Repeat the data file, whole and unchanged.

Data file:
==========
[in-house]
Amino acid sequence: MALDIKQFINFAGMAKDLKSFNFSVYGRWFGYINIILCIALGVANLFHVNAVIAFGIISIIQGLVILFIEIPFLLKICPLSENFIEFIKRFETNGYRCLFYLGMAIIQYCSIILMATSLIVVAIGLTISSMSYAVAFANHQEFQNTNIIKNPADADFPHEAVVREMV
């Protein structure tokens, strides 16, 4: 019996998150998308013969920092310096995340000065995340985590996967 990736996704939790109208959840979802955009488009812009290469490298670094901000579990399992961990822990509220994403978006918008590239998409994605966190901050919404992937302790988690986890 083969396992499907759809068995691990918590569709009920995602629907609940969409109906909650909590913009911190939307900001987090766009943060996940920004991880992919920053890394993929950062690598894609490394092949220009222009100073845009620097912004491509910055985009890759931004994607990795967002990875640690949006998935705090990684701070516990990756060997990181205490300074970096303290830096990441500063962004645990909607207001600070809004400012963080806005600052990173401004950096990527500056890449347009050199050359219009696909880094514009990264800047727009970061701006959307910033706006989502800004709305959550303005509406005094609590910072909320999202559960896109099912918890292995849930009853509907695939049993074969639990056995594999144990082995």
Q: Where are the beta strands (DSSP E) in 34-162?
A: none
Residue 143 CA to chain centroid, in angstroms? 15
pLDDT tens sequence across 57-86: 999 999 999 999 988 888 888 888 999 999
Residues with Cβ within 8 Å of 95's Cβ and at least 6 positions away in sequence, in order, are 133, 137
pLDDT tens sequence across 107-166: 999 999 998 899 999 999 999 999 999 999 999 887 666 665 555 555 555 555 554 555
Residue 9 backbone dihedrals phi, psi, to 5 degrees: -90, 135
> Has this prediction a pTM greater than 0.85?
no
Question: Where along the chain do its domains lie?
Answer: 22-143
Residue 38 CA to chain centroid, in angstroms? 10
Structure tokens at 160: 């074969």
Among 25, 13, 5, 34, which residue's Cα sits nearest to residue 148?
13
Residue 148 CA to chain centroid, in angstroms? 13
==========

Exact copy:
[in-house]
Amino acid sequence: MALDIKQFINFAGMAKDLKSFNFSVYGRWFGYINIILCIALGVANLFHVNAVIAFGIISIIQGLVILFIEIPFLLKICPLSENFIEFIKRFETNGYRCLFYLGMAIIQYCSIILMATSLIVVAIGLTISSMSYAVAFANHQEFQNTNIIKNPADADFPHEAVVREMV
């Protein structure tokens, strides 16, 4: 019996998150998308013969920092310096995340000065995340985590996967 990736996704939790109208959840979802955009488009812009290469490298670094901000579990399992961990822990509220994403978006918008590239998409994605966190901050919404992937302790988690986890 083969396992499907759809068995691990918590569709009920995602629907609940969409109906909650909590913009911190939307900001987090766009943060996940920004991880992919920053890394993929950062690598894609490394092949220009222009100073845009620097912004491509910055985009890759931004994607990795967002990875640690949006998935705090990684701070516990990756060997990181205490300074970096303290830096990441500063962004645990909607207001600070809004400012963080806005600052990173401004950096990527500056890449347009050199050359219009696909880094514009990264800047727009970061701006959307910033706006989502800004709305959550303005509406005094609590910072909320999202559960896109099912918890292995849930009853509907695939049993074969639990056995594999144990082995």
Q: Where are the beta strands (DSSP E) in 34-162?
A: none
Residue 143 CA to chain centroid, in angstroms? 15
pLDDT tens sequence across 57-86: 999 999 999 999 988 888 888 888 999 999
Residues with Cβ within 8 Å of 95's Cβ and at least 6 positions away in sequence, in order, are 133, 137
pLDDT tens sequence across 107-166: 999 999 998 899 999 999 999 999 999 999 999 887 666 665 555 555 555 555 554 555
Residue 9 backbone dihedrals phi, psi, to 5 degrees: -90, 135
> Has this prediction a pTM greater than 0.85?
no
Question: Where along the chain do its domains lie?
Answer: 22-143
Residue 38 CA to chain centroid, in angstroms? 10
Structure tokens at 160: 């074969």
Among 25, 13, 5, 34, which residue's Cα sits nearest to residue 148?
13
Residue 148 CA to chain centroid, in angstroms? 13